Aggregations In some cases, particularly when dealing with multiple currencies, the aggregate numbers returned by the SAP public interface don't match the results shown by SAP tools.
As such, the numbers seen in a Power BI visual don't necessarily match those for a corresponding visual in an SAP tool.
For example, totals over different currencies would show as "*" in BEx Analyzer, but the total would get returned by the SAP public interface, without any information that such an aggregate number is meaningless. Thus the number aggregating, say, $, EUR, and AUD, would get displayed by Power BI.
Currency formatting Any currency formatting, for example, $2,300 or 4000 AUD, isn't reflected in Power BI.
Units of measure Units of measure, for example, 230 KG, aren't reflected in Power BI.
Key versus text (short, medium, long) For an SAP BW characteristic like CostCenter, the field list shows a single column Cost Center. Using that column displays the default text. By showing hidden fields, it's also possible to see the unique name column that returns the unique name assigned by SAP BW, and is the basis of uniqueness.
The key and other text fields aren't available.
Multiple hierarchies of a characteristic In SAP, a characteristic can have multiple hierarchies. Then in tools like BEx Analyzer, when a characteristic is included in a query, the user can select the hierarchy to use.
In Power BI, the various hierarchies can be seen in the field list as different hierarchies on the same dimension. However, selecting multiple levels from two different hierarchies on the same dimension results in empty data being returned by SAP.
Treatment of ragged hierarchies Screenshot of ragged content, showing the treatment of ragged hierarchies.
Scaling factor/reverse sign In SAP, a key figure can have a scaling factor, for example, 1000, defined as a formatting option, meaning that all display is scaled by that factor.
It can similarly have a property set that reverses the sign. Use of such a key figure in Power BI in a visual, or as part of a calculation results in the unscaled number being used. The sign isn't reversed. The underlying scaling factor isn't available. In Power BI visuals, the scale units shown on the axis (K,M,B) can be controlled as part of the visual formatting.
Hierarchies where levels appear/disappear dynamically Initially when connecting to SAP BW, the information on the levels of a hierarchy are retrieved, resulting in a set of fields in the field list. This information is cached, and if the set of levels changes, then the set of fields don't change until Refresh is invoked.
This situation is only possible in Power BI Desktop. Such refresh to reflect changes to the levels can't be invoked in the Power BI service after publish.
Default filter A BEx query can include default filters, which are applied automatically by SAP BEx Analyzer. These filters aren't exposed, and hence the equivalent usage in Power BI doesn't apply the same filters by default.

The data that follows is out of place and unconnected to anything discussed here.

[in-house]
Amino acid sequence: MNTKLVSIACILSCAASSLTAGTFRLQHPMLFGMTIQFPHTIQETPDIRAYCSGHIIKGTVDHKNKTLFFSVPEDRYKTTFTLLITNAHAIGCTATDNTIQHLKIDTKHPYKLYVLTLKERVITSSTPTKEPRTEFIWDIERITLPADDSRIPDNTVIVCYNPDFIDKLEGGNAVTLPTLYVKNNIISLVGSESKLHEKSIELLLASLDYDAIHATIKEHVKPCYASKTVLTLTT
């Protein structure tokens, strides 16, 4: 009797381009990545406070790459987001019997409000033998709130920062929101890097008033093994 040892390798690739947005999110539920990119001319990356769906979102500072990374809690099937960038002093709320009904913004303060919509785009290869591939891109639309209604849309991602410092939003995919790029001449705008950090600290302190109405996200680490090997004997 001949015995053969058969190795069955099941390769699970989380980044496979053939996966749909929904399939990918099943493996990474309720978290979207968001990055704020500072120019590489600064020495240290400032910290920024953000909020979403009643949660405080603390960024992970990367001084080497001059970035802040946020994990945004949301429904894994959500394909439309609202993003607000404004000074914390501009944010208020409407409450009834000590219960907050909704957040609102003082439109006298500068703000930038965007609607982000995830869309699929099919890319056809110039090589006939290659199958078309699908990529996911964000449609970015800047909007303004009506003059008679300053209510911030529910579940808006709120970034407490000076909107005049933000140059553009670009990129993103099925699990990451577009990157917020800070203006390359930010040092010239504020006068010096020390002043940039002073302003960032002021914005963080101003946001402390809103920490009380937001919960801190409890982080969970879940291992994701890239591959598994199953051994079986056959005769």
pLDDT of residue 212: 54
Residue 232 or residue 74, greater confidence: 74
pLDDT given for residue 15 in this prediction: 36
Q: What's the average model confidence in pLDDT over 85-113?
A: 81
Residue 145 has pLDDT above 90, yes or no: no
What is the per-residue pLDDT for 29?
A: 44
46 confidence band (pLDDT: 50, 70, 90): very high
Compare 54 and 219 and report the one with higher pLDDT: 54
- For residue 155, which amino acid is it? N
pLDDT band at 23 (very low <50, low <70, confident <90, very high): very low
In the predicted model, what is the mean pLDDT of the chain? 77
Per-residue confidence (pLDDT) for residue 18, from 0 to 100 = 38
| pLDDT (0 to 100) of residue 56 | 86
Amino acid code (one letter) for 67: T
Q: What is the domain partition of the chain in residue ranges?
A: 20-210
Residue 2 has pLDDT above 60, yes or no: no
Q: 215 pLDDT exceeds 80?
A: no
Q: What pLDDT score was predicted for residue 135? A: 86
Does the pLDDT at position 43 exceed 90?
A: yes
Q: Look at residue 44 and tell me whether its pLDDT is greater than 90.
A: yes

Hidden Key figures A BEx query can control visibility of key figures, and those key figures that are hidden don't appear in SAP BEx Analyzer. This fact isn't reflected through the public API, and hence such hidden key figures still appear in the field list. However, they can then be hidden within Power BI.
Numeric formatting Any numeric formatting, such as number of decimal positions and decimal point, isn't automatically reflected in Power BI. However, it's possible to then control such formatting within Power BI.
Hierarchy versioning SAP BW allows different versions of a hierarchy to be maintained, for example, the cost center hierarchy in 2007 versus 2008. Only the latest version is available in Power BI, as information on versions isn't exposed by the public API.
Time dependent hierarchies When using Power BI, time dependent hierarchies are evaluated at the current date.
Currency conversion SAP BW supports currency conversion, based on rates held in the cube. Such capabilities aren't exposed by the public API, and are therefore not available in Power BI.
Sort Order The sort order, such as by Text or by Key, for a characteristic can be defined in SAP. This sort order isn't reflected in Power BI. For example, months might appear as "April", "Aug", and so on.
It's not possible to change this sort order in Power BI.
Technical names In Get Data, the characteristic/measure names (descriptions) and technical names can both be seen. The field list contains just the characteristic/measure names (descriptions).
Attributes It's not possible to access the attributes of a characteristic within Power BI.
End user language setting The locale used to connect to SAP BW is set as part of the connection details, and doesn't reflect the locale of the final report consumer.
Text variables SAP BW allows field names to contain placeholders for variables, for example, $YEAR$ Actuals, that would then get replaced by the selected value. For example, the field appears as 2016 Actuals in BEx tools, if the year 2016 were selected for the variable.
The column name in Power BI isn't changed depending on the variable value, and therefore would appear as $YEAR$ Actuals. However, the column name can then be changed in Power BI.
Customer exit variables Customer exit variables aren't exposed by the public API, and are therefore not supported by Power BI.
Characteristic structures Any characteristic structures in the underlying SAP BW source results in an explosion of measures being exposed in Power BI. For example, with two measures Sales and Costs, and a characteristic structure containing Budget and Actual, four measures are exposed: Sales.Budget, Sales.Actual, Costs.Budget, Costs.Actual.

For more information about DirectQuery, check out the following resources: